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What You Can Learn From OSHA Fall Protection Citations

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In April, the U.S. Department of Labor’s Occupational Safety and Health Administration announced a $2.4 million dollar settlement with Republic Steel over alleged safety violations found in plants located in Lorain, Canton and Massillon, Ohio, and Blasdell, N.Y. The comprehensive settlement addresses more than 100 alleged OSHA safety and health violations discovered in 2013 and a “serious” citation stemming from the death of a Republic employee in the Lorain plant rail yard in February, 2014.

Although the sheer size of the settlement is an ample reminder that we should all take safety seriously, perhaps the more interesting part of this story is how Republic first landed in the crosshairs of OSHA inspectors.  Last fall, OSHA placed all of Republic’s facilities under greater scrutiny when an employee sustained serious injuries after falling through a roof at the Lorain plant.  As a result of this incident, OSHA inspectors fanned out to multiple Republic plants under the auspices of the Severe Violator Enforcement Program (SVEP).  This program “concentrates resources on inspecting employers who have demonstrated indifference to their OSH Act obligations by willful, repeated, or failure-to-abate violations.”

Under the terms of the settlement, Republic has agreed to remediate all of the health and safety hazards identified by OSHA inspectors, including willful and serious violations for failure to provide required fall protection, failure to implement lockout/tag out procedures*, and failure to provide machine guarding.  Failure to meet the agreement terms may result in additional, mutually agreed upon financial penalties.  Republic has also agreed to hire additional EHS personnel, conduct safety inspections in conjunction with representatives from the United Steelworkers, and establish a comprehensive safety program.  Republic will also utilize third party auditors to ensure safety hazards are identified and remediated and meet on a quarterly basis with OSHA representatives to ensure implementation of the agreement.

As a recent article appearing in Crain’s Cleveland Business suggests, the key takeaways from Republic’s recent OSHA woes go beyond the immediate financial costs for a non-compliance citation.  Safety citations can limit your ability to bid on future jobs and previous violations are taken into consideration when OSHA assesses penalties.  And even if you plan to dispute your citation, it is important to remediate dangerous workplace conditions as soon as possible to reduce liability issues.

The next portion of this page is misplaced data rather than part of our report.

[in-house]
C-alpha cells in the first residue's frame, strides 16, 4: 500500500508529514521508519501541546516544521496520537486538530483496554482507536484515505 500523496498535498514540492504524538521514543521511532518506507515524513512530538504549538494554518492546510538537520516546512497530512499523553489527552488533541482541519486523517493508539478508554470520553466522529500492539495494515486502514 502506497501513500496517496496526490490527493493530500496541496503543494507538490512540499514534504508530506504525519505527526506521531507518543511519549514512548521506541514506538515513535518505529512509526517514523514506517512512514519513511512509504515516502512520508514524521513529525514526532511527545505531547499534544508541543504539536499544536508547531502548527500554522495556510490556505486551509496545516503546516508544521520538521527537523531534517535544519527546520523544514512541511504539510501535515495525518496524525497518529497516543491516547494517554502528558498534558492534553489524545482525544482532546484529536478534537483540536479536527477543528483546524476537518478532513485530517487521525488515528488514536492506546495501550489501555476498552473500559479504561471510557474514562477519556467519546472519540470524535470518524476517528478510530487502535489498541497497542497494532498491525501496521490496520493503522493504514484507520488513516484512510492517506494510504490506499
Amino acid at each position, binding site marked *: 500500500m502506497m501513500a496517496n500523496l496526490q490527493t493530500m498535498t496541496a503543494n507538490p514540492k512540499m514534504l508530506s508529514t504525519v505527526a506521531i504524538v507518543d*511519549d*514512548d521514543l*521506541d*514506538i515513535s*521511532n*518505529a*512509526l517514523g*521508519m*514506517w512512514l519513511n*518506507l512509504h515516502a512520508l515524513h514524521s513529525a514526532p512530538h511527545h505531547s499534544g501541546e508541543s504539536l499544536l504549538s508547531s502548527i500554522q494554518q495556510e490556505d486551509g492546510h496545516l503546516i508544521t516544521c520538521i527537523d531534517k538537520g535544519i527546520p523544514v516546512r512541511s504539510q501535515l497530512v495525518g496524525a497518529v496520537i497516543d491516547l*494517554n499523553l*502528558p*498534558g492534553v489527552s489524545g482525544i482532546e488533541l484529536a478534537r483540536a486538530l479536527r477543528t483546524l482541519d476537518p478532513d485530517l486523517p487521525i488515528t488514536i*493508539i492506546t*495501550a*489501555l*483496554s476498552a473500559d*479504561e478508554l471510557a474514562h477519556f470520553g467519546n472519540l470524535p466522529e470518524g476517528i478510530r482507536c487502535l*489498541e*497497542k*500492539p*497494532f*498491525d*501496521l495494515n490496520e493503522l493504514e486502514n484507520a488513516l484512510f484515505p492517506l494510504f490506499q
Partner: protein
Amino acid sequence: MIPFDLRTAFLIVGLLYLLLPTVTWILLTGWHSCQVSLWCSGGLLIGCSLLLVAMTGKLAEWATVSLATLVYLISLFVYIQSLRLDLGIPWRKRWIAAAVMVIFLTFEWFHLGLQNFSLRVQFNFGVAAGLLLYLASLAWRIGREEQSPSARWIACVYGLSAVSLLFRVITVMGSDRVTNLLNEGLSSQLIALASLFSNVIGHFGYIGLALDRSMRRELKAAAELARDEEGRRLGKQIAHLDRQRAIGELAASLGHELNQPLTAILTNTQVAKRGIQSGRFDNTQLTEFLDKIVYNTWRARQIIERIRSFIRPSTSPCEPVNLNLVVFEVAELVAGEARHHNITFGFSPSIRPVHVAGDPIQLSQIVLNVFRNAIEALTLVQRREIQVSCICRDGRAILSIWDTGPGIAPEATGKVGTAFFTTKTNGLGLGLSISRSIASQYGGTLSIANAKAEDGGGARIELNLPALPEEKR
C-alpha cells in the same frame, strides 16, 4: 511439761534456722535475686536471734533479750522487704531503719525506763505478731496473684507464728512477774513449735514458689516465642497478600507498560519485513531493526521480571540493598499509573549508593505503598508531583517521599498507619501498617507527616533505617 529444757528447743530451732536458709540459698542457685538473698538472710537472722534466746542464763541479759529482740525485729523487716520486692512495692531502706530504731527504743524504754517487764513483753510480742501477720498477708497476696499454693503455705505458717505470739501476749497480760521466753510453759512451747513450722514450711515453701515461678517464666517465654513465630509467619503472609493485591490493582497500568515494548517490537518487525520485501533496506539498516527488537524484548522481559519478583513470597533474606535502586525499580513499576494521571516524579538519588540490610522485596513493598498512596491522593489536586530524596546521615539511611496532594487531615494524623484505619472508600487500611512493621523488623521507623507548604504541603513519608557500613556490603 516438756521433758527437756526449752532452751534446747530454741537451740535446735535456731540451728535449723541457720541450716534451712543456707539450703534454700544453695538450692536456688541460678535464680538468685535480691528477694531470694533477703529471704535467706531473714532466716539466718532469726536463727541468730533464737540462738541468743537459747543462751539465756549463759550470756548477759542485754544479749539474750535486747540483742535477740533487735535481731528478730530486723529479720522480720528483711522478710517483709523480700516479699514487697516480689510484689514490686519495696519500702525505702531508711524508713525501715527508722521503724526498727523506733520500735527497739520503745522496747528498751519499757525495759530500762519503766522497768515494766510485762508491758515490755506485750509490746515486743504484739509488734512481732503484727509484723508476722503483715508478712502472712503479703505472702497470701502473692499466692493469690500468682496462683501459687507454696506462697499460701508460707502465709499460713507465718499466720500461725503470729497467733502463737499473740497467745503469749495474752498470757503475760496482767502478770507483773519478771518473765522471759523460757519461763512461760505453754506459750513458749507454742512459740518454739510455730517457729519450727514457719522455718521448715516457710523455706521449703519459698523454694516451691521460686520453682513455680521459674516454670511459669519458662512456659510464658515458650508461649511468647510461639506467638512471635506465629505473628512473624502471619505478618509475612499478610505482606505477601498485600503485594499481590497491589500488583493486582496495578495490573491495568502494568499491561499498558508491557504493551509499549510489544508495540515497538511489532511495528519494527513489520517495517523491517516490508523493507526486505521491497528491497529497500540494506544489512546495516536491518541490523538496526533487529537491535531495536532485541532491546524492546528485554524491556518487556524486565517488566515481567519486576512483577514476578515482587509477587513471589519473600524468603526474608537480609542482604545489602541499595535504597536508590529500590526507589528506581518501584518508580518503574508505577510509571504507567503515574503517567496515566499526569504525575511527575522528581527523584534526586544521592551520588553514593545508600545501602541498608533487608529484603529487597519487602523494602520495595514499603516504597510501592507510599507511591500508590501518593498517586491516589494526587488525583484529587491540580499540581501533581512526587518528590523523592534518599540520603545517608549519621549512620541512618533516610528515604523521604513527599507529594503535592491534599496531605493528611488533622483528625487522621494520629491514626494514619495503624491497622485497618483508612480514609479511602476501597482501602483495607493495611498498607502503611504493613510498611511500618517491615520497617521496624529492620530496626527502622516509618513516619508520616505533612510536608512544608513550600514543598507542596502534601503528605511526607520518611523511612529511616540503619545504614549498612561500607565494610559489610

A proactive safety stance is the best strategy to avoid exposing your company to potential OSHA citations and fines.  Companies can consult with an OSHA Compliance Assistance Specialists.  These safety experts provide technical assistance, information on OSHA standards, seminars, and workshops.  OSHA also offers a free and confidential On-Site Consultation Program for small and medium sized businesses.  These services are separate from enforcement and the inspections do not result in penalties or citations for hazardous workplace conditions.  Another option is to partner with a company that specializes in fall protection systems and training to design and implement a comprehensive fall protection plan.  Taking these steps will create a paper trail documenting inspection history, remediation steps, and written fall protection system specifications needed to demonstrate full compliance with OSHA regulations.

There are two fundamental approaches to fall protection and workplace safety.  Some companies opt for a reactive approach where changes in the workplace are prompted by accidents and OSHA citations while others take a proactive stance, discovering and remediating fall hazards before they become an issue.  A proactive stance on safety may seem more expensive in the short-run, but it will pay huge dividends down the road.  To learn more about our comprehensive approach to fall protection, download our guide to selecting the right fall protection company, visit us online at www.fallprotect.com, or contact us for a no-obligation consultation today.

A copy of the republic Steel settlement agreement is available at http://www.osha.gov/CWSA/RepublicSteel05012014.pdf*. The agreement’s Appendix A is available at http://www.osha.gov/CWSA/RepublicSteel05012014AppendixA.pdf* and its Appendix B is available at http://www.osha.gov/CWSA/RepublicSteel05012014AppendixB.pdf*.

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Any fall protection anchor must be independent of any anchorage used to support or suspend platforms?